Steve Statler 36:00
So that device management service is traditionally something that I would expect a company like Kontakt.io to offer it isn't that infringing a little bit on a potential source of revenue for for your company.
Rom Eizenberg 36:22
I mean, it certainly is. But we are doing the unfortunately, a typical thing of, of putting ourselves in the customers shoes. And I'm very, very adamant. And I'm very confident in saying that when your customer in the end user is successful, when they are adopting when they're seeing return over their investment, when their experience is positive. When they have speed and velocity, then everybody wins. Even if you bygone some some of your revenue by so I have ble to Wi Fi gateways. So if you are an airport and you want to monitor and manage your indoor navigation infrastructure, you can buy those gateways for me and they make money. And you can buy this device management from me and they make money for it. Or you can use your access points and buy that capability through the Cisco DNA spaces. Like you mentioned, as an example. When you do that, I make a bit less money. But your life is so much better. My deal cycle is much faster, the path to value is faster. You will call me and add new use cases and buy maybe equipment that you wouldn't buy from me if you were still struggling getting your basic thing to work. So yes, we are giving up on some of our elements in our revenue pie. We are doing that because we think it accelerates adoption, it increases the total size of the pie. Right. So we have less of a king, but our cake is much bigger.
Steve Statler 37:58
Yeah. velocity and customer satisfaction and the ability to sell other services. Seems like a good trade off there. Well, I think want to wrap up. But before we finish, I want to get your perspective more broadly on where the Internet of Things has been, where it is at the moment and and where it's going to in the future. Has the Internet of Things been successful in your view?
Rom Eizenberg 38:32
it's a broad term loosely used. I think the IoT deployments over cellular over foreign 5g is being mostly successful, because mostly those are point solutions to point problems. They're isolated with a single sensor somewhere remote in that does the job very well. I think that everywhere IoT tried to invade buildings and build networks and and deliver, you know, outcomes, business outcomes at scale, where all the employees are trying to all the assets in the warehouse are managed, and so on all the building is connected. In that particular space. We have been through almost 20 years of a lot of hype over promising under delivering, if you track the venture dollars that went into developing IoT technologies and ended up in the graveyard, more graveyard dollars then. Happy anniversary party dollars. So did it fail. I mean, in the sense it's hard to avoid that conclusion. But I am an optimist. And I want to say it's not failure as much as it is the process of technology going through life cycles. life cycles and life cycles. It's a bit like, you know, the older guys, you might remember what was the beginning of wireless cellular internet. And we had this ridiculous primitive website completely failed. So has wireless internet failed? No, it's and then we can't live without it. Right? We even inside our own home, most people when they go to the bathroom, I don't want to continue. But there's only one thing you take with you to the bathroom. Right? The Internet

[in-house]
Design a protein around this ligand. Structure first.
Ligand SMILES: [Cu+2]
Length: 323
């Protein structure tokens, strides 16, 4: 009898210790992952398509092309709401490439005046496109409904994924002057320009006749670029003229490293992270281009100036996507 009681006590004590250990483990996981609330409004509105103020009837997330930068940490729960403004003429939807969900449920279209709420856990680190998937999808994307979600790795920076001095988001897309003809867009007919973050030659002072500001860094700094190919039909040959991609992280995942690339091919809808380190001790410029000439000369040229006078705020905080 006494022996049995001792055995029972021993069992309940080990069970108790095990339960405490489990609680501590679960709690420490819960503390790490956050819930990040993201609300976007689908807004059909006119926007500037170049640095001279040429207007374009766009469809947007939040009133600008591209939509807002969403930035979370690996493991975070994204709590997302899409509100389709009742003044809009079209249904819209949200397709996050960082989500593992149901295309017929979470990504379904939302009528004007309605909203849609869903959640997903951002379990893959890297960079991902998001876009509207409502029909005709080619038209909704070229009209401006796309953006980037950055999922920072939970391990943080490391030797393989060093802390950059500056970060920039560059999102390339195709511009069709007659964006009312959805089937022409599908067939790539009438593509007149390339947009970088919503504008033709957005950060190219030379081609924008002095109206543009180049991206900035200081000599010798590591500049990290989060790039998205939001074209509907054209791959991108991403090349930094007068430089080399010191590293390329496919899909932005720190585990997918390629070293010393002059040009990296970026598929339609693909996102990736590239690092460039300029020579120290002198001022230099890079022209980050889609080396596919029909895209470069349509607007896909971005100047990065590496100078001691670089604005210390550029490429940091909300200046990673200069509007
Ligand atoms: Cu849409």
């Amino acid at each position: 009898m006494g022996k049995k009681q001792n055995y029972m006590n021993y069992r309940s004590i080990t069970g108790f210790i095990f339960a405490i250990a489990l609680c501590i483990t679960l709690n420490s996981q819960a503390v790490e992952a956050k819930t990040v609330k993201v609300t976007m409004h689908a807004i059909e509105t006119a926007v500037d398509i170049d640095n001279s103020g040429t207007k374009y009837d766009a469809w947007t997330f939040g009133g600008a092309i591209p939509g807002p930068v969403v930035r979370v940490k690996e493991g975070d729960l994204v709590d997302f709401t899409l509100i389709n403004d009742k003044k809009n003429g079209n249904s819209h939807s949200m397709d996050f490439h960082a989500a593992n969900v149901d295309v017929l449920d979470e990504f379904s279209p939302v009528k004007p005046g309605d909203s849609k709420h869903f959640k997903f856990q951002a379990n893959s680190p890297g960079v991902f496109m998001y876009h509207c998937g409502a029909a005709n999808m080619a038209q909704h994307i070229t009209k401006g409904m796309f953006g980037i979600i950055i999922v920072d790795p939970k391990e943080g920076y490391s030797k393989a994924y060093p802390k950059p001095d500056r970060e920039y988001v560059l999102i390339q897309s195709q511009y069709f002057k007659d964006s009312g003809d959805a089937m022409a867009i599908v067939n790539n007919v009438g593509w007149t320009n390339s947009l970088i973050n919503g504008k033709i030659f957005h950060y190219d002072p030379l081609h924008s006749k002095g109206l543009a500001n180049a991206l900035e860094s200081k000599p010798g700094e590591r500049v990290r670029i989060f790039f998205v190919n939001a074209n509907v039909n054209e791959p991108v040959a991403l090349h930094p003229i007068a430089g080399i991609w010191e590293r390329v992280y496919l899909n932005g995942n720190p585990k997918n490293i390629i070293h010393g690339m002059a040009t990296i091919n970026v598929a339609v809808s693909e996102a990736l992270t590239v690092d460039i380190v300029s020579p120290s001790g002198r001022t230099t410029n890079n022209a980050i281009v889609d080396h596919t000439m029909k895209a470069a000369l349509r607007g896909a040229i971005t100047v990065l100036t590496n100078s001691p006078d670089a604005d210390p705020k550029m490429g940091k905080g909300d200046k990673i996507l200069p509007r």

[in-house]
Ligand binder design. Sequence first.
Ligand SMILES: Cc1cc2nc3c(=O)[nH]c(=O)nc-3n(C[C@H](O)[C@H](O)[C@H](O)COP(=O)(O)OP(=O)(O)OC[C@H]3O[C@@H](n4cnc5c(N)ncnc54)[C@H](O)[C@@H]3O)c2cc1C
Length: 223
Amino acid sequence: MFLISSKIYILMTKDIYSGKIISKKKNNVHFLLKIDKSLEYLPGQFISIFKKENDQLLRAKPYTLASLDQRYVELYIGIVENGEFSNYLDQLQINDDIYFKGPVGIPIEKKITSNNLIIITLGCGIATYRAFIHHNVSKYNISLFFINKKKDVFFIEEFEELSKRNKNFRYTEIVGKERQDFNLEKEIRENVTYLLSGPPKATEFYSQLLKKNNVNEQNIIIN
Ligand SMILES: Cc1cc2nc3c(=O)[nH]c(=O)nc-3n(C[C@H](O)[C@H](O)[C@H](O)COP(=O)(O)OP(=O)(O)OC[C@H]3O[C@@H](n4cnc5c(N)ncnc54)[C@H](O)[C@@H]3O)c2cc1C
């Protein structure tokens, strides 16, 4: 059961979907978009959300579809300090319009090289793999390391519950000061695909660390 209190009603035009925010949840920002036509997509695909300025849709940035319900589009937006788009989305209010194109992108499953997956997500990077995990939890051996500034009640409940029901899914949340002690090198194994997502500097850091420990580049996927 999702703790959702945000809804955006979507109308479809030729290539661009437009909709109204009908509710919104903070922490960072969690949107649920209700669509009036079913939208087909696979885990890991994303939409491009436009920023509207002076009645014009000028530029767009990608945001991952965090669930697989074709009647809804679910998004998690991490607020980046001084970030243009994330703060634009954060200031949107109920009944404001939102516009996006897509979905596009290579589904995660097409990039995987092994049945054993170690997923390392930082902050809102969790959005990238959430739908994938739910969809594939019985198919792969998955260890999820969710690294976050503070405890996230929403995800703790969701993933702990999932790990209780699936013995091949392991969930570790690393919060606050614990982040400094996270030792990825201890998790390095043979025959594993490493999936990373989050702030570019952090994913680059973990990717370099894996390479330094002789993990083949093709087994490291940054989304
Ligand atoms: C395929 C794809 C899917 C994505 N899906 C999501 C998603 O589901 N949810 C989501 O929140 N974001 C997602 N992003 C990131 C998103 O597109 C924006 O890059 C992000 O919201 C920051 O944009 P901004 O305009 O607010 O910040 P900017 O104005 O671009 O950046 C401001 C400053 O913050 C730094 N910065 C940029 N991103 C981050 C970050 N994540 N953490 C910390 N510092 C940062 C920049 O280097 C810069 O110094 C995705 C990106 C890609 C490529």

Steve Statler 40:29
right? Now, it's amazing. I totally agree. I think I wrote about it in this podcast is based on a book beacon technologies. And in the book, we talk about the value of this hubris, this excitement, it's about achieving escape velocity. And that's basically based on on hype, and you have you have a million people storming the beaches and only a few get through, but then they basically take over and I it's it's a rough process, and there's a lot of people who probably licking their wounds, but then there's others who survived and have gone to really enjoy. What's the other side of that, that beach. The beach analogy is a new one, I'm not sure whether I'm going to keep that it's probably important taste, but escape velocity of kink is probably a better
Rom Eizenberg 41:30
one to make maybe a small addition on top, because sometimes it's not just strategic imperatives in the right decisions, it's sometimes just a bit of luck, the winds need to be right, the start needs to align. And, you know, is a silly example, a Bluetooth Low Energy, as a technology choice for IoT would not have taken off at the velocity did without the adoption of this type of silicon of this type of technology in consumer products. Right? I have Nike shoes with a Bluetooth, communicator. I have an eight year old boy, his name is Dylan, and he loves Lego. In he has a Lego toy that has bluetooth in it. And he connects it to the iPad. And he can, I don't know operate a motor and cause the robot to turn around that. But this is Lego. This is not IoT enterprise. I don't know building security solutions is Lego. But the proliferation of Bluetooth, the this scale of the Bluetooth cheap deployment in almost everything now creates investment in silicon, by the chip manufacturers. And it benefits the supply chain all the way to the universe of IoT, of course. So sometimes a bit of luck, the right winds, stars need to align. And then great things happen.